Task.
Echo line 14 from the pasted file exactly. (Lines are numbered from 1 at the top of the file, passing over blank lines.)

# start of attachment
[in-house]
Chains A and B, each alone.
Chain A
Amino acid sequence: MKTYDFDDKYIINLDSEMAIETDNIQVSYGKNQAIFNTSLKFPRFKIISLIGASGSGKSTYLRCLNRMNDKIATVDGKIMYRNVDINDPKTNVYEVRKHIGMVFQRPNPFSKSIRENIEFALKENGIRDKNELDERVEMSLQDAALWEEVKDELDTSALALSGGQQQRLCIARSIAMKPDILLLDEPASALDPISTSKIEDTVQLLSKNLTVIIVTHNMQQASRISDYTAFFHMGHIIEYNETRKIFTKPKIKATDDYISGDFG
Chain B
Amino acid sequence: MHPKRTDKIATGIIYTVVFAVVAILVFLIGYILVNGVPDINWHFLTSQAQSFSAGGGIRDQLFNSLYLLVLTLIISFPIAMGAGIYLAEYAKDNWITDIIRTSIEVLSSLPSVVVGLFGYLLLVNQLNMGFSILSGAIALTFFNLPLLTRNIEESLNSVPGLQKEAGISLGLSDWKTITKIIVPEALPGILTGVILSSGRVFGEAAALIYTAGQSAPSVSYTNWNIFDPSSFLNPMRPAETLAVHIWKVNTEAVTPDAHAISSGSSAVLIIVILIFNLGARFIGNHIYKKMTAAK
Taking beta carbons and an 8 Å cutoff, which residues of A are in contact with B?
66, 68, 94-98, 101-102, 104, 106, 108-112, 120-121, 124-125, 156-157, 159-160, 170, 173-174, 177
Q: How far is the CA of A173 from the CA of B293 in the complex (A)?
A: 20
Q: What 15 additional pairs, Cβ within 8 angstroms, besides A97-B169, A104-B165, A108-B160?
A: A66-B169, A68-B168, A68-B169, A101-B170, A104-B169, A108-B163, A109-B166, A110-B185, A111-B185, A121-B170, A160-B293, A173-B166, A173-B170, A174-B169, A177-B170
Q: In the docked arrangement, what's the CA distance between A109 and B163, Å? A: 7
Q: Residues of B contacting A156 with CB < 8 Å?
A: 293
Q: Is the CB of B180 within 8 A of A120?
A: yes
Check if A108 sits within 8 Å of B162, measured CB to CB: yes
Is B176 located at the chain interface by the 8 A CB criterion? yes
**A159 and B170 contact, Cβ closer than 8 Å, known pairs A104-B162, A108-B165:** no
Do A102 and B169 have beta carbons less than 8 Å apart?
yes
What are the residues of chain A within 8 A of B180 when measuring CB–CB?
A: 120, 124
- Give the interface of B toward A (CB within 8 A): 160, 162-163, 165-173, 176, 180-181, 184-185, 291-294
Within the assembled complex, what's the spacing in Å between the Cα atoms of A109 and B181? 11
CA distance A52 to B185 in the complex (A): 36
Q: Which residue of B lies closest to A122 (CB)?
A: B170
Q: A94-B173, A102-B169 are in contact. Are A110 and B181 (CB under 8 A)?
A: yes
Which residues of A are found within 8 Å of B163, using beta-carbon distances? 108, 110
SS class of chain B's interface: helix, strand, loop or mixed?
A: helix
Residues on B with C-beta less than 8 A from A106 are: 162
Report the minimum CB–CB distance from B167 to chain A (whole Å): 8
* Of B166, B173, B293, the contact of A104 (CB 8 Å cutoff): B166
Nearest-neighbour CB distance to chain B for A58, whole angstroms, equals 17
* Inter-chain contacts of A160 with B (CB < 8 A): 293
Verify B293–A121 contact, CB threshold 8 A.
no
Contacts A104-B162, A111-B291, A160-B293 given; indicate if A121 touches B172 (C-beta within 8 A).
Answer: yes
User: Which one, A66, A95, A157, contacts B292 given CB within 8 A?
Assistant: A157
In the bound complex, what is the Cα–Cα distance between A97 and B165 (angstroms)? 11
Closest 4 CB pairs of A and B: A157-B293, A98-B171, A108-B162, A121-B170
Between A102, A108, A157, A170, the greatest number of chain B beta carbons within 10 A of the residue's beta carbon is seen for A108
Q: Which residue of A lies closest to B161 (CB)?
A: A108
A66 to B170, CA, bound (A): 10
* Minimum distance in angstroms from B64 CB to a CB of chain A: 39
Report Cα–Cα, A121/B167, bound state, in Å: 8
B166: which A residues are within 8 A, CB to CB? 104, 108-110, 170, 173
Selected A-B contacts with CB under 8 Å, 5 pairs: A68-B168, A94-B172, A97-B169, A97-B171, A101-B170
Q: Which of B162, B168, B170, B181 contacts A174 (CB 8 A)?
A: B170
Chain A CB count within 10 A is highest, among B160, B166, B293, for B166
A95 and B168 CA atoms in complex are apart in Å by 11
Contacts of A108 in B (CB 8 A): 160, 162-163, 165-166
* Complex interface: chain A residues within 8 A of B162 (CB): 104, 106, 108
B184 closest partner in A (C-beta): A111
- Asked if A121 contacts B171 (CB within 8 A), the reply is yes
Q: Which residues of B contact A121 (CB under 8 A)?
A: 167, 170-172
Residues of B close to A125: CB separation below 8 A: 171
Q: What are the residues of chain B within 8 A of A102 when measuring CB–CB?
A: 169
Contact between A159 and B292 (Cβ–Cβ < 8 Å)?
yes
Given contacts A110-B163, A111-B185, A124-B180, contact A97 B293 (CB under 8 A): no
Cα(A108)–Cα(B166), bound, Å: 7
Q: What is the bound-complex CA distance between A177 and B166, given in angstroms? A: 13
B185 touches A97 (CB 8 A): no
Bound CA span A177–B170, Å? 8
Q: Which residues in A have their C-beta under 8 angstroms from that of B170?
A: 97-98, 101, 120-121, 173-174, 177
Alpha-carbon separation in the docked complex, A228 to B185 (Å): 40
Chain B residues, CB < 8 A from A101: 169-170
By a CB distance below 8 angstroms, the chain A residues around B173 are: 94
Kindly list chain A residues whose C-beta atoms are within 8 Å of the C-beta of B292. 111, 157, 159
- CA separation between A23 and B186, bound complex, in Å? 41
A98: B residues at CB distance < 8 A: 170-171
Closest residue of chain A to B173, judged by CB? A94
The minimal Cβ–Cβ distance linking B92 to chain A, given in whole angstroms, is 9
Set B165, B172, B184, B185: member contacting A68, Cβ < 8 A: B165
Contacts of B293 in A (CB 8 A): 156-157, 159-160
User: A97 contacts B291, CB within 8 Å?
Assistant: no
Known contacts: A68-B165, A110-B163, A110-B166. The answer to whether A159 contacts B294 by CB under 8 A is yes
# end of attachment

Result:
Q: Residues of B contacting A156 with CB < 8 Å?